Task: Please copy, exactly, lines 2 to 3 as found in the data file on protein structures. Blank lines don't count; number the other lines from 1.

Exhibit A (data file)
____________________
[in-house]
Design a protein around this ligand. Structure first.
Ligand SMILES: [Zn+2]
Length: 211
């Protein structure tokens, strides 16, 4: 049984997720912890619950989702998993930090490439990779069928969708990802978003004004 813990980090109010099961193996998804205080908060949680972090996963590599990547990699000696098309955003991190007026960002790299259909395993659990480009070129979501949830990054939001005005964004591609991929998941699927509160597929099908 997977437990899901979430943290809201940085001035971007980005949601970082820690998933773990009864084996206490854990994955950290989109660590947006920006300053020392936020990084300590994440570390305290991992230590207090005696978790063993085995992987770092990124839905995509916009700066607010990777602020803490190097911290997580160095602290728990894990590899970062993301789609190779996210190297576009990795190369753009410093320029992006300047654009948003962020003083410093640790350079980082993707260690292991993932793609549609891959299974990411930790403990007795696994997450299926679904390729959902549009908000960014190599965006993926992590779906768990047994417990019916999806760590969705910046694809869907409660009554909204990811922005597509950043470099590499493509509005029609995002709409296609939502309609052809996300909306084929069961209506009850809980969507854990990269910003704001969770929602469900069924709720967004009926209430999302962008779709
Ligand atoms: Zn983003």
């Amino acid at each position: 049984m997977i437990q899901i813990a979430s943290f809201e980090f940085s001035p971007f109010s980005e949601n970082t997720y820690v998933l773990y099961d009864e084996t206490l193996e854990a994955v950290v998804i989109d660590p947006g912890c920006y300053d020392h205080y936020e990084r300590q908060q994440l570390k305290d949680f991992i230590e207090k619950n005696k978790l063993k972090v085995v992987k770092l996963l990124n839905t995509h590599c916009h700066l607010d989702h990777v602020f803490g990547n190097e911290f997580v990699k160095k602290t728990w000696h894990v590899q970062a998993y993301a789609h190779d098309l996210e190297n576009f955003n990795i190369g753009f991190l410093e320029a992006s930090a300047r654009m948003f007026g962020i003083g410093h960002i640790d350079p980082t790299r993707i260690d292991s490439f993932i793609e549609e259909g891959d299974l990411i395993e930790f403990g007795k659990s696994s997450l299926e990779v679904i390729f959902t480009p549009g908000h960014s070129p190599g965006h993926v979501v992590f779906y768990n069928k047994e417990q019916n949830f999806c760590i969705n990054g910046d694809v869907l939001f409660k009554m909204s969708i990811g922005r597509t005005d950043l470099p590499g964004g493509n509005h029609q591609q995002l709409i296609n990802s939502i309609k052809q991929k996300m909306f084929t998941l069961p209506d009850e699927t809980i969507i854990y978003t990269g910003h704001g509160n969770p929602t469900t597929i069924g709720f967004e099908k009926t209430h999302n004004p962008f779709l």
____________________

Design a protein around this ligand. Structure first.
Ligand SMILES: [Zn+2]